Remember the ‘Display Sleep Lock’ feature quickly shuts down the display screen and forces user authentication WITHOUT caching and preserving the user environment.
So ‘Display Sleep Lock’ is a much quicker option if you need to run away from your desk quickly, as returning to the Login Window may take some time if there are files and apps to cache and settings to save.
If you are concerned about loss of data though, switching back to the Login Window could be the safer bet.
How to enable a lock screen experience by adding the Keychain status menu to the main menu bar of OS X
A popular option for locking the screen is to add the Keychain status menu to the main menu bar of OS X.
|Step 1||Launch Keychain Access from /Applications/Utilities|
|Step 2||From the Keychain Access application menu, select to access Keychain Preferences|
|Step 3||From the ‘General’ preferences tab, Tick the box for ‘Show keychain status in menu bar’|
|Step 4||You can now select the ‘Keychain padlock icon’ in the main menu bar at the top right of your screen to lock your Mac’s screen|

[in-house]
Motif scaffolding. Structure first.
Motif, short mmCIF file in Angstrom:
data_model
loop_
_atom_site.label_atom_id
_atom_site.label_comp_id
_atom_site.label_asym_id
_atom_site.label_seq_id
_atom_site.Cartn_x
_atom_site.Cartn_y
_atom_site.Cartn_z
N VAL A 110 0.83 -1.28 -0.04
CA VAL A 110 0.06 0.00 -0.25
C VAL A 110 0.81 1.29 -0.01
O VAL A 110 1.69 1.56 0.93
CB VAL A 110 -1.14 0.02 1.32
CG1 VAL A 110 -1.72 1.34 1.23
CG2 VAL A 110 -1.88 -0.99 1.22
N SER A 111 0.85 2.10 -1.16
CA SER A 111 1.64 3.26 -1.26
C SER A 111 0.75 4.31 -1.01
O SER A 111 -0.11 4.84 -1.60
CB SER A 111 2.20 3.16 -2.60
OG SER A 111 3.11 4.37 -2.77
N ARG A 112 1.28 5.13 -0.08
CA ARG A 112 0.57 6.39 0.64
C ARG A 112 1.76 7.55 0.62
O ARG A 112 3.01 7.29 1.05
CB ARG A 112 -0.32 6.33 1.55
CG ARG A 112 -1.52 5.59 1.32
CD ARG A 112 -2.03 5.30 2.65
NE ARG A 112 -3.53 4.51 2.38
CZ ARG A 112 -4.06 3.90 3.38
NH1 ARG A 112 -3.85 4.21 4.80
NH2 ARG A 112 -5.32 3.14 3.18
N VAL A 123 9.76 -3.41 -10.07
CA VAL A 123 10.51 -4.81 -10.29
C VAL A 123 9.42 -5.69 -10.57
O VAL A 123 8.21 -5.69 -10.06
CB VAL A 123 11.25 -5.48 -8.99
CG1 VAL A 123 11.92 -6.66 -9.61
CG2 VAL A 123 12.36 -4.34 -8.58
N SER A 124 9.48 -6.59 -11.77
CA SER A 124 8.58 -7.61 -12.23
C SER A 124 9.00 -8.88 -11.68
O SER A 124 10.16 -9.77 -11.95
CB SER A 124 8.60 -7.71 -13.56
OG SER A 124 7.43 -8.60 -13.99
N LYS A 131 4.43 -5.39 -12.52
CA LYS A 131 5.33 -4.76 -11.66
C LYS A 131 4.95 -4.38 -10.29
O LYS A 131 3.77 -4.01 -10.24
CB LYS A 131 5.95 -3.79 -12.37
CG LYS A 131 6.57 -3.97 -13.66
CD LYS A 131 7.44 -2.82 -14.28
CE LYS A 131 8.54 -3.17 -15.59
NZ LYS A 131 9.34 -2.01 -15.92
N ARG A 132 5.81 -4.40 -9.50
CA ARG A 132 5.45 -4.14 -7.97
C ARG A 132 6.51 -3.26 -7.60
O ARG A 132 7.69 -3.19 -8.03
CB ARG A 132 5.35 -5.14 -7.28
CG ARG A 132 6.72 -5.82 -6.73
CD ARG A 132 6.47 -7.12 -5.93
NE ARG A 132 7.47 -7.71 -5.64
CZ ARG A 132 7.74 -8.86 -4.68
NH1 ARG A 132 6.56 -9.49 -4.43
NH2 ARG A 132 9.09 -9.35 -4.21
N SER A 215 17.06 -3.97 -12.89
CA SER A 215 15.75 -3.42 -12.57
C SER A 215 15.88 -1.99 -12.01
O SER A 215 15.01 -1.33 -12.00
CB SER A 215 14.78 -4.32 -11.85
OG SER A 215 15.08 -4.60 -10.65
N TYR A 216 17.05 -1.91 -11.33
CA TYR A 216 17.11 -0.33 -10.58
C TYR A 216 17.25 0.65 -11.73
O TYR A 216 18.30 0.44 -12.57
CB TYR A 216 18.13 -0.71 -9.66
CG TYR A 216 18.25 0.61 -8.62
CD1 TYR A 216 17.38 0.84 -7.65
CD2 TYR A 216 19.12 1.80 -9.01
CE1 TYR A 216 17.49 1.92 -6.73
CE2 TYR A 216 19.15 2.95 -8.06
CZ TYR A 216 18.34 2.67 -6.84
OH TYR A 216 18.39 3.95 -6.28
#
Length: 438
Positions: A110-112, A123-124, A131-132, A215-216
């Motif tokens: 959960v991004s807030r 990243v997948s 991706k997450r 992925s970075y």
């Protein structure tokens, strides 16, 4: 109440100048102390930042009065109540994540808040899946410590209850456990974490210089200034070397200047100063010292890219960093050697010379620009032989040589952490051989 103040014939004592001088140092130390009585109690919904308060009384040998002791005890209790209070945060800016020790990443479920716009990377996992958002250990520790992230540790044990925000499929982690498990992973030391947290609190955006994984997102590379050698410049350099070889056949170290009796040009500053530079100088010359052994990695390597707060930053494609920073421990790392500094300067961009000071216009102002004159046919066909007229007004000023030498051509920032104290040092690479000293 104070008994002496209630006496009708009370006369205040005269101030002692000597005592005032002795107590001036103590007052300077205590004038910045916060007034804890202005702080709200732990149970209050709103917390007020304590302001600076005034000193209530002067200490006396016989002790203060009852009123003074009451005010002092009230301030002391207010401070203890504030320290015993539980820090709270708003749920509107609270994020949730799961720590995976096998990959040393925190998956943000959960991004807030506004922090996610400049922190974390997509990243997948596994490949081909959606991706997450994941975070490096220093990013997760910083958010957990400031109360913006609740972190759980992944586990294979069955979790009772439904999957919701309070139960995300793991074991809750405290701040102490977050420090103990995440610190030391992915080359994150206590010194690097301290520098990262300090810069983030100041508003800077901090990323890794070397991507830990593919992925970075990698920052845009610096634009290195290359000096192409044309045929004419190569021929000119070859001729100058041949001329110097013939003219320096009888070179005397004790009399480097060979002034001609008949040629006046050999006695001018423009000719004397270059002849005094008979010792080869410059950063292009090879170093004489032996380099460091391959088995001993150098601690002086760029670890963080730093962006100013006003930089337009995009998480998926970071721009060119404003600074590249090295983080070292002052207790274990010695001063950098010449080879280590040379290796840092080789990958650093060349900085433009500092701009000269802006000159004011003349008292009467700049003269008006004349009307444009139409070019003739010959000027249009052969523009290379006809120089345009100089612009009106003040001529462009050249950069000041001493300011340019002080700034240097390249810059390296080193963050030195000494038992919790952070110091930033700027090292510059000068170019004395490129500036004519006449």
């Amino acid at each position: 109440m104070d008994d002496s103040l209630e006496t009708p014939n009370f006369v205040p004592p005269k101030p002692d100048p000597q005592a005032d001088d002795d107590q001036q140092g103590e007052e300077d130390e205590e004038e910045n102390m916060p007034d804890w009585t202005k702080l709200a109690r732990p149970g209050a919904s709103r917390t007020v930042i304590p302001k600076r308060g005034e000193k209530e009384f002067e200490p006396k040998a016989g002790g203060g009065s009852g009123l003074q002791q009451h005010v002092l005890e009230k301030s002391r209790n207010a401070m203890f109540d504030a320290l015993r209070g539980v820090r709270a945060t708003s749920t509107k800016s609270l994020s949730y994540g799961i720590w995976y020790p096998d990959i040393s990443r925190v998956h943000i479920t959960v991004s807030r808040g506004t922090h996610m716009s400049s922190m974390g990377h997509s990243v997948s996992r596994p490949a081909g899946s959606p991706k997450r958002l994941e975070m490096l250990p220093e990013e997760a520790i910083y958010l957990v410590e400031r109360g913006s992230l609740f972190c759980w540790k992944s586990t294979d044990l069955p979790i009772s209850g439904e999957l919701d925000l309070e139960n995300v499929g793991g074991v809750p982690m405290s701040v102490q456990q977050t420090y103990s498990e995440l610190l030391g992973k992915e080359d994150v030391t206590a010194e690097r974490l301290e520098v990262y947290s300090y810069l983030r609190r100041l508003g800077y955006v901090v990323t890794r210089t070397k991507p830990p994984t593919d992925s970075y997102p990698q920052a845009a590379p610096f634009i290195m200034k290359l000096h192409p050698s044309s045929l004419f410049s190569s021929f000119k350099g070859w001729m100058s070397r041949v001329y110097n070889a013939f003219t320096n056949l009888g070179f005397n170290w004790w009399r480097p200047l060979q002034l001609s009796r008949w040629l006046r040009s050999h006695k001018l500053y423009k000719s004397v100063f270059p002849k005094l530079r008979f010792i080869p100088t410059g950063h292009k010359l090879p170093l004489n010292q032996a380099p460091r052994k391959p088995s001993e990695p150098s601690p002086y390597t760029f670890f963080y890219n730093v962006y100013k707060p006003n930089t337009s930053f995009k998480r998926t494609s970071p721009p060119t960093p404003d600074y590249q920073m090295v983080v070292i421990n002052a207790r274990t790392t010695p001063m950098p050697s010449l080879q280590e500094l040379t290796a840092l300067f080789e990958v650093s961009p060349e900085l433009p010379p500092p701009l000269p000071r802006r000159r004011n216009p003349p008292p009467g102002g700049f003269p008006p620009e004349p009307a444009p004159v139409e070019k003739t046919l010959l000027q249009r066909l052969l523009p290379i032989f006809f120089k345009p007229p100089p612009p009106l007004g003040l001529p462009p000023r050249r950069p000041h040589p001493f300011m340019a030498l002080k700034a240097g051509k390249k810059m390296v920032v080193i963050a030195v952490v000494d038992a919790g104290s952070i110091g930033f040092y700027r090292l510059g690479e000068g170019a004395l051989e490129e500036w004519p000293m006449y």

How to enable a lock screen experience by initiating a screen saver Hot Corner
An option i also use is to setup a ‘Hot Corner’ to start the screen saver immediately and thus lock the screen, (providing you have configured your login password to be enabled for sleep and screen saver as listed at the beginning of this blog).
Now, every time you move your mouse pointer right into the selected corner of the screen, the Screen Saver will start and thus lock your screen.
(You need to get the mouse pointer right into the corner of the screen and hold the mouse pointer there for a couple of seconds otherwise this Hot Corner will not be triggered).Notice this is a locked screen but with the Screen Saver as the background instead of your Desktop picture which the login window will display.
How to enable a lock screen experience by initiating sleep mode:
You could also just put your entire Mac into sleep mode, which will also toggle the required user password on wakeup, (providing you have configured your login password to be enabled for sleep and screen saver as listed at the beginning of this blog).
However, you Mac is now in sleep mode and background services may not run unless you have the latest portable macs which have the Power Nap feature.To do this you can perform ANY of the following:
- Select ‘Sleep’ from the main Apple menu at the top left of your screen
- Close the Display lid of your Apple Portable